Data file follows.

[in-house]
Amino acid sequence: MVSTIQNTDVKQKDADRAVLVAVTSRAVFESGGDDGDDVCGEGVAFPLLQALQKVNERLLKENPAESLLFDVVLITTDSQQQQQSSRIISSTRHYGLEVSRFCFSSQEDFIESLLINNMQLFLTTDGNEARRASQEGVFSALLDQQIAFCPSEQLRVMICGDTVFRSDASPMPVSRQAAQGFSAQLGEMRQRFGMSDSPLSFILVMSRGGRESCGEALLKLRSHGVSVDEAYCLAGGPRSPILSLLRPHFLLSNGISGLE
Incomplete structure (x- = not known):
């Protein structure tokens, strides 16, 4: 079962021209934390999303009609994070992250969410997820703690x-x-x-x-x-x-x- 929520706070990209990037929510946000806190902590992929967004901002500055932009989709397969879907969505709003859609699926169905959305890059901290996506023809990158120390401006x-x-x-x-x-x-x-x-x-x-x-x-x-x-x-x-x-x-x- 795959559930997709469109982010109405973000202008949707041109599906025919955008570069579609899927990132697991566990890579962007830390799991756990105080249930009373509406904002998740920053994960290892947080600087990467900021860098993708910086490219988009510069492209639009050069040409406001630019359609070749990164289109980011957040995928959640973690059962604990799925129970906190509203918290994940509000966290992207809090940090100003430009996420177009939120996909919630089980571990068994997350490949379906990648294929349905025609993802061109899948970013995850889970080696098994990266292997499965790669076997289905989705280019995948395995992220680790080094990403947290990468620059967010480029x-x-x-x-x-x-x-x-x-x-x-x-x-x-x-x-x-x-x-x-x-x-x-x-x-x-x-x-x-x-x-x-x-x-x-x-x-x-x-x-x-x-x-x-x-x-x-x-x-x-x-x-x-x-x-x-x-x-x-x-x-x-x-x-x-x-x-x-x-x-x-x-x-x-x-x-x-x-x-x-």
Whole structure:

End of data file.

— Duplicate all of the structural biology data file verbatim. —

[in-house]
Amino acid sequence: MVSTIQNTDVKQKDADRAVLVAVTSRAVFESGGDDGDDVCGEGVAFPLLQALQKVNERLLKENPAESLLFDVVLITTDSQQQQQSSRIISSTRHYGLEVSRFCFSSQEDFIESLLINNMQLFLTTDGNEARRASQEGVFSALLDQQIAFCPSEQLRVMICGDTVFRSDASPMPVSRQAAQGFSAQLGEMRQRFGMSDSPLSFILVMSRGGRESCGEALLKLRSHGVSVDEAYCLAGGPRSPILSLLRPHFLLSNGISGLE
Incomplete structure (x- = not known):
């Protein structure tokens, strides 16, 4: 079962021209934390999303009609994070992250969410997820703690x-x-x-x-x-x-x- 929520706070990209990037929510946000806190902590992929967004901002500055932009989709397969879907969505709003859609699926169905959305890059901290996506023809990158120390401006x-x-x-x-x-x-x-x-x-x-x-x-x-x-x-x-x-x-x- 795959559930997709469109982010109405973000202008949707041109599906025919955008570069579609899927990132697991566990890579962007830390799991756990105080249930009373509406904002998740920053994960290892947080600087990467900021860098993708910086490219988009510069492209639009050069040409406001630019359609070749990164289109980011957040995928959640973690059962604990799925129970906190509203918290994940509000966290992207809090940090100003430009996420177009939120996909919630089980571990068994997350490949379906990648294929349905025609993802061109899948970013995850889970080696098994990266292997499965790669076997289905989705280019995948395995992220680790080094990403947290990468620059967010480029x-x-x-x-x-x-x-x-x-x-x-x-x-x-x-x-x-x-x-x-x-x-x-x-x-x-x-x-x-x-x-x-x-x-x-x-x-x-x-x-x-x-x-x-x-x-x-x-x-x-x-x-x-x-x-x-x-x-x-x-x-x-x-x-x-x-x-x-x-x-x-x-x-x-x-x-x-x-x-x-």
Whole structure: